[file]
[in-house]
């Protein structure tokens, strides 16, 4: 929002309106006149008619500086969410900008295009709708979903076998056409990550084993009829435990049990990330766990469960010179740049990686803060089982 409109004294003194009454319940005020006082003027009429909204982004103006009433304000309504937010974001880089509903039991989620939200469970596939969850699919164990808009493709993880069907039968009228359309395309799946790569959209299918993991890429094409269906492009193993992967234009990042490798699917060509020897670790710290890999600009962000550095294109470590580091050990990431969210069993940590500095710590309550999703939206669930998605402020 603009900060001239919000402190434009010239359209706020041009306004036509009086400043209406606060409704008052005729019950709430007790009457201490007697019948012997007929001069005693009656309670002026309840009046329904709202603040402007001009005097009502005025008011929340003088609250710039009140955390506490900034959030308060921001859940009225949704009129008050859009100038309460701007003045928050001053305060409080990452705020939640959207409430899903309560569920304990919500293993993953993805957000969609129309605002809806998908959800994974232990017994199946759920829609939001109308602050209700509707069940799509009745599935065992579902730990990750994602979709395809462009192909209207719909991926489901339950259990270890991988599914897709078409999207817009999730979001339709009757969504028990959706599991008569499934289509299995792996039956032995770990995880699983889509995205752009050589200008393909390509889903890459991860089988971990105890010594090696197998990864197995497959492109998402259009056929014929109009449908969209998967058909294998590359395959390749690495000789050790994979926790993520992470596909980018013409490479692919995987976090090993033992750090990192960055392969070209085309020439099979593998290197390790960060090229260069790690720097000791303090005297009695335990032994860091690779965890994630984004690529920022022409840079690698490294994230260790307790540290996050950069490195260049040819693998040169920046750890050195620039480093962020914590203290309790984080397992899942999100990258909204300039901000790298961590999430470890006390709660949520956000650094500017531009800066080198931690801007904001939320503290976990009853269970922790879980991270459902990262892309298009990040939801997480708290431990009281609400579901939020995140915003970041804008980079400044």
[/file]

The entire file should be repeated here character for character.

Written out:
[in-house]
């Protein structure tokens, strides 16, 4: 929002309106006149008619500086969410900008295009709708979903076998056409990550084993009829435990049990990330766990469960010179740049990686803060089982 409109004294003194009454319940005020006082003027009429909204982004103006009433304000309504937010974001880089509903039991989620939200469970596939969850699919164990808009493709993880069907039968009228359309395309799946790569959209299918993991890429094409269906492009193993992967234009990042490798699917060509020897670790710290890999600009962000550095294109470590580091050990990431969210069993940590500095710590309550999703939206669930998605402020 603009900060001239919000402190434009010239359209706020041009306004036509009086400043209406606060409704008052005729019950709430007790009457201490007697019948012997007929001069005693009656309670002026309840009046329904709202603040402007001009005097009502005025008011929340003088609250710039009140955390506490900034959030308060921001859940009225949704009129008050859009100038309460701007003045928050001053305060409080990452705020939640959207409430899903309560569920304990919500293993993953993805957000969609129309605002809806998908959800994974232990017994199946759920829609939001109308602050209700509707069940799509009745599935065992579902730990990750994602979709395809462009192909209207719909991926489901339950259990270890991988599914897709078409999207817009999730979001339709009757969504028990959706599991008569499934289509299995792996039956032995770990995880699983889509995205752009050589200008393909390509889903890459991860089988971990105890010594090696197998990864197995497959492109998402259009056929014929109009449908969209998967058909294998590359395959390749690495000789050790994979926790993520992470596909980018013409490479692919995987976090090993033992750090990192960055392969070209085309020439099979593998290197390790960060090229260069790690720097000791303090005297009695335990032994860091690779965890994630984004690529920022022409840079690698490294994230260790307790540290996050950069490195260049040819693998040169920046750890050195620039480093962020914590203290309790984080397992899942999100990258909204300039901000790298961590999430470890006390709660949520956000650094500017531009800066080198931690801007904001939320503290976990009853269970922790879980991270459902990262892309298009990040939801997480708290431990009281609400579901939020995140915003970041804008980079400044």